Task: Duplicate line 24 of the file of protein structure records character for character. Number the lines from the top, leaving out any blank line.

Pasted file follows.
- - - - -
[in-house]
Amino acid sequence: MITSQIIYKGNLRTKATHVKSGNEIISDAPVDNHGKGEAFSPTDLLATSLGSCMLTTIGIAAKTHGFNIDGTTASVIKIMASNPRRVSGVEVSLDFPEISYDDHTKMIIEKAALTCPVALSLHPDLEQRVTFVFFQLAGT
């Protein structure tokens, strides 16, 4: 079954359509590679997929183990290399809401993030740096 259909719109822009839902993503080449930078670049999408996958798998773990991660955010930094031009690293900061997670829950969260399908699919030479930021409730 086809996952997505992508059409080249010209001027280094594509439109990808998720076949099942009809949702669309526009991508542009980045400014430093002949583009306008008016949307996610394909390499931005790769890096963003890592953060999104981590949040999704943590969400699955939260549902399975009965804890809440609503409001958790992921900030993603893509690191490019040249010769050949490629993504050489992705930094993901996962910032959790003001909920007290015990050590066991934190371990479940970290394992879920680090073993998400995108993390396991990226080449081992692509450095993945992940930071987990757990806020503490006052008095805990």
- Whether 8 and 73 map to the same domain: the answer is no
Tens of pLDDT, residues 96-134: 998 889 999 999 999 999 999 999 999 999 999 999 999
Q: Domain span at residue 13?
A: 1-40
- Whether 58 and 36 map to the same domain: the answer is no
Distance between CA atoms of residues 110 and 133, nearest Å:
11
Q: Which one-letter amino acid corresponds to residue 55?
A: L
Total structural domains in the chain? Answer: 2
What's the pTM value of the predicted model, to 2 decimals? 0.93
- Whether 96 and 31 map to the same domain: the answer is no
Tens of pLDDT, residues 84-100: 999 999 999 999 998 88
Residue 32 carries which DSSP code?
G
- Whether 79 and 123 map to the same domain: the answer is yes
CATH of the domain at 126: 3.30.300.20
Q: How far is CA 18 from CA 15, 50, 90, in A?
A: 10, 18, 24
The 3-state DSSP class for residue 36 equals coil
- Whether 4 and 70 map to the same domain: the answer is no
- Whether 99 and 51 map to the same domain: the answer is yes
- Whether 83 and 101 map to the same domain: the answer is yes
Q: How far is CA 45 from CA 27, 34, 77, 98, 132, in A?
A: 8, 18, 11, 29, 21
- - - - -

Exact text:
- Whether 4 and 70 map to the same domain: the answer is no